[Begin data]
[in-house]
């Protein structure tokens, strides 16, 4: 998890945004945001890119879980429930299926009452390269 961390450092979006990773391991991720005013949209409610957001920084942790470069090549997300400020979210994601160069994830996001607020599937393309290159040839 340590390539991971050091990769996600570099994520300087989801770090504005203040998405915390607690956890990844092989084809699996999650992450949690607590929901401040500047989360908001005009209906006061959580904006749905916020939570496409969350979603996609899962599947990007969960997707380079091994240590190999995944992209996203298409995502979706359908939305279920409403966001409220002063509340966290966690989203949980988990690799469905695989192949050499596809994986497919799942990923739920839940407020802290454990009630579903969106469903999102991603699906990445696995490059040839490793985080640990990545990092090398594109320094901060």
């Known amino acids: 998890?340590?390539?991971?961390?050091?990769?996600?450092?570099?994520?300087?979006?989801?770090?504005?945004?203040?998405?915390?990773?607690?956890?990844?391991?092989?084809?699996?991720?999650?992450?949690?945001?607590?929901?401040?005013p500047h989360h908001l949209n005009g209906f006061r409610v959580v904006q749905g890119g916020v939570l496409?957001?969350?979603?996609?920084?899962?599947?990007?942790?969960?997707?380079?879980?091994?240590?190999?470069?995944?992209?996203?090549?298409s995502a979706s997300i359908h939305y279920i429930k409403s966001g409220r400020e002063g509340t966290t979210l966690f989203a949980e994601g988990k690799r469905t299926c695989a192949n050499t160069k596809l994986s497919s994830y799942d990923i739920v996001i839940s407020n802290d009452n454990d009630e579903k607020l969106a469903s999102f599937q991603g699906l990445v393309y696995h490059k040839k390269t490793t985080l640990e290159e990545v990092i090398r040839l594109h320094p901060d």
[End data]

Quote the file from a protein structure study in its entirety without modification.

[in-house]
């Protein structure tokens, strides 16, 4: 998890945004945001890119879980429930299926009452390269 961390450092979006990773391991991720005013949209409610957001920084942790470069090549997300400020979210994601160069994830996001607020599937393309290159040839 340590390539991971050091990769996600570099994520300087989801770090504005203040998405915390607690956890990844092989084809699996999650992450949690607590929901401040500047989360908001005009209906006061959580904006749905916020939570496409969350979603996609899962599947990007969960997707380079091994240590190999995944992209996203298409995502979706359908939305279920409403966001409220002063509340966290966690989203949980988990690799469905695989192949050499596809994986497919799942990923739920839940407020802290454990009630579903969106469903999102991603699906990445696995490059040839490793985080640990990545990092090398594109320094901060």
């Known amino acids: 998890?340590?390539?991971?961390?050091?990769?996600?450092?570099?994520?300087?979006?989801?770090?504005?945004?203040?998405?915390?990773?607690?956890?990844?391991?092989?084809?699996?991720?999650?992450?949690?945001?607590?929901?401040?005013p500047h989360h908001l949209n005009g209906f006061r409610v959580v904006q749905g890119g916020v939570l496409?957001?969350?979603?996609?920084?899962?599947?990007?942790?969960?997707?380079?879980?091994?240590?190999?470069?995944?992209?996203?090549?298409s995502a979706s997300i359908h939305y279920i429930k409403s966001g409220r400020e002063g509340t966290t979210l966690f989203a949980e994601g988990k690799r469905t299926c695989a192949n050499t160069k596809l994986s497919s994830y799942d990923i739920v996001i839940s407020n802290d009452n454990d009630e579903k607020l969106a469903s999102f599937q991603g699906l990445v393309y696995h490059k040839k390269t490793t985080l640990e290159e990545v990092i090398r040839l594109h320094p901060d």